How to Iron Pants

Many of today’s fabrics come in wrinkle-free varieties, but tried-and-true pant material such as wool, denim, and cotton still require ironing to get rid of creases and folds. To do this, use the correct heat setting on your iron. Start by ironing the pockets and waistband, then smooth over the legs of your pants. If you need to create or fix a crease, fold your pant leg and iron on either side. When you are finished, hang or fold your jeans to put them away.


[Edit]Prepping Your Surface and Iron

  1. Check the tag of your pants to ensure you can iron the material. Washing instructions are listed on the garment tag of your pants. If it is unsafe to use an iron on your pants, it will list this with the washing instructions. The garment tag also explains what heat setting to use when ironing your pants.
    Iron Pants Step 1 Version 4.jpg
    • You can iron pants made from cotton, corduroy, denim, linen, nylon, polyester, or wool, for instance.
  2. Use an ironing board for best results. While you can iron on nearly any flat surface, an ironing board makes it easy to smooth away any wrinkles. Adjust the ironing board to a comfortable height, and make sure the legs are locked before you start ironing.
    Iron Pants Step 2 Version 4.jpg
    • For instance, you can place your pant leg around the narrow end to iron to remove stubborn wrinkles.
    • Alternatively, use a table with a fire-resistant tablecloth if you don’t have an ironing board handy.
  3. Fill up the steam compartment on your iron with fresh water. Most irons have a small water fill-up tank located on the backside of the iron. Look for the plastic compartment towards the top of the iron. Then, use water from your faucet to fill up the vessel to the designated fill line.[1]

    Iron Pants Step 3 Version 4.jpg
    • The water creates steam as you iron, helpful when eliminating folds or wrinkles.
  4. Choose your desired temperature setting. Most irons indicate temperature based on the material of your pants. Turn on the iron, and then adjust the dial or indicator to the temperature you’d like to use.

    • For instance, wool pants should be ironed on a lower temperature than cotton pants.
    • Denim pants require a high heat setting and steam.

[Edit]Removing Wrinkles and Creases

  1. Start by ironing the pockets to prevent further wrinkles. If your pockets are wrinkled and you iron over them, you can easily create more wrinkles. To prevent this, pull the pocket inside out, and press it flat with the iron. Do this for both of the front and back pockets.[2]

    • This is an easy trick to help speed up the ironing process.
  2. Smooth out the waistband and top section. Place your iron across the waistband, and let it sit for 2-5 seconds. Then, lift up on the iron, rather than moving it across the top. This helps your pants lay flat. Once the waistband is wrinkle-free, you can tuck the pockets back inside your pants.[3]

    • Do this for the front and back of the waistband.
  3. Lay your pants lengthwise across the ironing board to iron the legs. Move the iron back and forth across 1 pant leg at a time, starting from top to bottom. Continually move the iron across the pant leg until the fabric is free of wrinkles or creases. Your pants should be parallel with the ironing board when you do this, and both legs should face the same direction. [4]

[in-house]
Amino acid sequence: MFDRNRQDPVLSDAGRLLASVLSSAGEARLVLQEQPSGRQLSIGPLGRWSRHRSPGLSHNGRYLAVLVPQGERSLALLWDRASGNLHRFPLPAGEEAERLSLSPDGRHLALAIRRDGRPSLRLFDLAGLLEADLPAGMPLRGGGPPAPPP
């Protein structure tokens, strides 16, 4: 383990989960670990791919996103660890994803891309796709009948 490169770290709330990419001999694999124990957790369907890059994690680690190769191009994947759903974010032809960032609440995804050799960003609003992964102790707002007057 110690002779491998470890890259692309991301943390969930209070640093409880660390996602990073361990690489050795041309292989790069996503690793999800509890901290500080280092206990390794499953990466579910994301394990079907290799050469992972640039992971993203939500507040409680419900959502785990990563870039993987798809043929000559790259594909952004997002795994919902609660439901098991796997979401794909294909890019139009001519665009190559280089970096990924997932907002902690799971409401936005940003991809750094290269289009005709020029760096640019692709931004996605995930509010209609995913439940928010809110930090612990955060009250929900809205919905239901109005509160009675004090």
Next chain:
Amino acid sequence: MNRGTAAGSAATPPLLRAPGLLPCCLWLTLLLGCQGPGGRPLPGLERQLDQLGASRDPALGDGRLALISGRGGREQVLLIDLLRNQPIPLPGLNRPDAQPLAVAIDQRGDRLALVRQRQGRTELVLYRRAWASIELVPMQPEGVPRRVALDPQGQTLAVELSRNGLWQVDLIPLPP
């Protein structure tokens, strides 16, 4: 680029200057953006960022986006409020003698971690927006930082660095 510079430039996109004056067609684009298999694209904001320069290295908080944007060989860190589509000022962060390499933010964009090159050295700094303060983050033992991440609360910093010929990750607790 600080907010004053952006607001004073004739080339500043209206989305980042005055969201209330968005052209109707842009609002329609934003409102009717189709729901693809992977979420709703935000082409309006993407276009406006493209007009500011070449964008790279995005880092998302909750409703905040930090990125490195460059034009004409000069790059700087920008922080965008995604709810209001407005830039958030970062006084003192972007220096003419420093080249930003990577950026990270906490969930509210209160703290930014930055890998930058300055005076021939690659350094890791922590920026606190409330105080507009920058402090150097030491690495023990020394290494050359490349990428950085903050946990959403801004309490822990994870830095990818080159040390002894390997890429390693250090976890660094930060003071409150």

• Don’t forget to iron the front and back of your pants!
  4. Fold your pants at the crease to easily iron it. Many classic dress pants have a crease down the center of the leg. To create this or follow your existing fold, lay 1 pant leg on the ironing board so that the inseams are directly over each other. Press the iron down at the top and bottom of the leg, and then fill in space by pressing the rest of the crease between the 2 iron points.[5]

    • Ensure the inseams are lined up as you do this to create a smooth, straight crease.
    • Your crease should stop approximately at the bottom of the pockets on the front of the leg.

[Edit]Hanging or Folding Your Pants

  1. Let your pants cool down for 2-5 minutes. Before you hang or fold your pants, let them sit on your ironing board for a few minutes until they are cool to the touch. If you fold your pants before they cool, you can create additional creases or wrinkles.
    Iron Pants Step 9 Version 4.jpg
  2. Hang your pants to keep them wrinkle-free. If you have a pants hanger, you can simply secure each side to the waistband of your pants. If using a shirt hanger, fold the pants in half. Then, drape the pants over top of the bottom of the hanger, and place the hanger in your closet.[6]

    • If there is a crease, fold the pants along the crease.
    • If there is not a crease, you can fold them in half long ways.
  3. Fold your pants to store them in a dresser or drawer. Hanging is the best way to ensure your clothes don’t get wrinkled, but you can also fold up your pants and store them elsewhere. Bring the hem of the pants to the waistband to fold them in half. Then, place them in your closet.[7]

    • Alternatively, fold your pants in thirds if you need to save space. Bring the hem of the pants towards the crotch, then fold the waistband to the folded edge you just made.


[Edit]Things You’ll Need

  • Pants
  • Ironing board
  • Water
  • Hanger (optional)
  • Dresser or closet


  • Most pants can be worn 2-3 times in between washes, as long as they aren’t dirty or stained.
  • If you are concerned about seeing iron marks or shine on your pants, simply turn them inside out before you iron them. This is a good idea for wool pants, for instance.


  • If you leave the iron stationary in 1 spot for too long, you can burn or damage your pants.
  • Handle your iron with care to prevent serious burns or fire. Be careful when operating an iron, and do not leave it turned on while unattended.

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[Edit]Quick Summary